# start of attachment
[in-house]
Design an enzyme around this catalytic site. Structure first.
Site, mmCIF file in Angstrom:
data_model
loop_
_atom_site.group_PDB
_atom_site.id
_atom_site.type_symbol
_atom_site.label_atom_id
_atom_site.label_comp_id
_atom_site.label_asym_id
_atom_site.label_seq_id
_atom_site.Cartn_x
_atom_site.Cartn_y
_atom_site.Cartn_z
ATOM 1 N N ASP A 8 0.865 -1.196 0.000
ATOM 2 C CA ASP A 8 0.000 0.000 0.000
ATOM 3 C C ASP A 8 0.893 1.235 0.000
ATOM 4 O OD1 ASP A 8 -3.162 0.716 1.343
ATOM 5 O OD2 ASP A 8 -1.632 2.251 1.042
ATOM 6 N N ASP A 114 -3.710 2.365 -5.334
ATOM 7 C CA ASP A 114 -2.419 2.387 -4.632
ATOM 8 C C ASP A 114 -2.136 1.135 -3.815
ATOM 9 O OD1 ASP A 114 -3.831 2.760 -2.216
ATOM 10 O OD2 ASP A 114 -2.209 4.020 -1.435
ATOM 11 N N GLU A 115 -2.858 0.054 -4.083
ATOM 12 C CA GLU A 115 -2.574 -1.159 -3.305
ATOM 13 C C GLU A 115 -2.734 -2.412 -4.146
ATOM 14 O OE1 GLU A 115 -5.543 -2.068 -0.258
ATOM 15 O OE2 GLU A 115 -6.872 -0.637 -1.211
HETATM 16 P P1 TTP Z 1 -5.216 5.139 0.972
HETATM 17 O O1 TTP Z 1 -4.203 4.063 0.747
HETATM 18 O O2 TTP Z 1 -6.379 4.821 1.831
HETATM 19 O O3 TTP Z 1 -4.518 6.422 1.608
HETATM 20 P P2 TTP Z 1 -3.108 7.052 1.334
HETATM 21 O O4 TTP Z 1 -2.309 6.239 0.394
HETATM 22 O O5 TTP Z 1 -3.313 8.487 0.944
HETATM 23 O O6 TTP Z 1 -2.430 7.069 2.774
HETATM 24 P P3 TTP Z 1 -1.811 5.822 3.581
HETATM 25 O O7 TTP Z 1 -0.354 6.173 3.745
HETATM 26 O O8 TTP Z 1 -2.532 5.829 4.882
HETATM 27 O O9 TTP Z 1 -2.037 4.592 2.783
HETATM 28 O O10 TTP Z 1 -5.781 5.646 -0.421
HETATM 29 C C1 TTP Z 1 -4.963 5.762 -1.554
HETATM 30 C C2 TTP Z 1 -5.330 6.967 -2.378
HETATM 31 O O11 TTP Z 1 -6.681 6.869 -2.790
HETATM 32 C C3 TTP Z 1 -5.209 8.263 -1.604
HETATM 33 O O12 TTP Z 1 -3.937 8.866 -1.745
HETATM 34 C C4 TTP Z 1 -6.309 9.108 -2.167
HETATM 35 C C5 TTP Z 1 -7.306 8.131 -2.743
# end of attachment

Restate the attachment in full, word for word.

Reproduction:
[in-house]
Design an enzyme around this catalytic site. Structure first.
Site, mmCIF file in Angstrom:
data_model
loop_
_atom_site.group_PDB
_atom_site.id
_atom_site.type_symbol
_atom_site.label_atom_id
_atom_site.label_comp_id
_atom_site.label_asym_id
_atom_site.label_seq_id
_atom_site.Cartn_x
_atom_site.Cartn_y
_atom_site.Cartn_z
ATOM 1 N N ASP A 8 0.865 -1.196 0.000
ATOM 2 C CA ASP A 8 0.000 0.000 0.000
ATOM 3 C C ASP A 8 0.893 1.235 0.000
ATOM 4 O OD1 ASP A 8 -3.162 0.716 1.343
ATOM 5 O OD2 ASP A 8 -1.632 2.251 1.042
ATOM 6 N N ASP A 114 -3.710 2.365 -5.334
ATOM 7 C CA ASP A 114 -2.419 2.387 -4.632
ATOM 8 C C ASP A 114 -2.136 1.135 -3.815
ATOM 9 O OD1 ASP A 114 -3.831 2.760 -2.216
ATOM 10 O OD2 ASP A 114 -2.209 4.020 -1.435
ATOM 11 N N GLU A 115 -2.858 0.054 -4.083
ATOM 12 C CA GLU A 115 -2.574 -1.159 -3.305
ATOM 13 C C GLU A 115 -2.734 -2.412 -4.146
ATOM 14 O OE1 GLU A 115 -5.543 -2.068 -0.258
ATOM 15 O OE2 GLU A 115 -6.872 -0.637 -1.211
HETATM 16 P P1 TTP Z 1 -5.216 5.139 0.972
HETATM 17 O O1 TTP Z 1 -4.203 4.063 0.747
HETATM 18 O O2 TTP Z 1 -6.379 4.821 1.831
HETATM 19 O O3 TTP Z 1 -4.518 6.422 1.608
HETATM 20 P P2 TTP Z 1 -3.108 7.052 1.334
HETATM 21 O O4 TTP Z 1 -2.309 6.239 0.394
HETATM 22 O O5 TTP Z 1 -3.313 8.487 0.944
HETATM 23 O O6 TTP Z 1 -2.430 7.069 2.774
HETATM 24 P P3 TTP Z 1 -1.811 5.822 3.581
HETATM 25 O O7 TTP Z 1 -0.354 6.173 3.745
HETATM 26 O O8 TTP Z 1 -2.532 5.829 4.882
HETATM 27 O O9 TTP Z 1 -2.037 4.592 2.783
HETATM 28 O O10 TTP Z 1 -5.781 5.646 -0.421
HETATM 29 C C1 TTP Z 1 -4.963 5.762 -1.554
HETATM 30 C C2 TTP Z 1 -5.330 6.967 -2.378
HETATM 31 O O11 TTP Z 1 -6.681 6.869 -2.790
HETATM 32 C C3 TTP Z 1 -5.209 8.263 -1.604
HETATM 33 O O12 TTP Z 1 -3.937 8.866 -1.745
HETATM 34 C C4 TTP Z 1 -6.309 9.108 -2.167
HETATM 35 C C5 TTP Z 1 -7.306 8.131 -2.743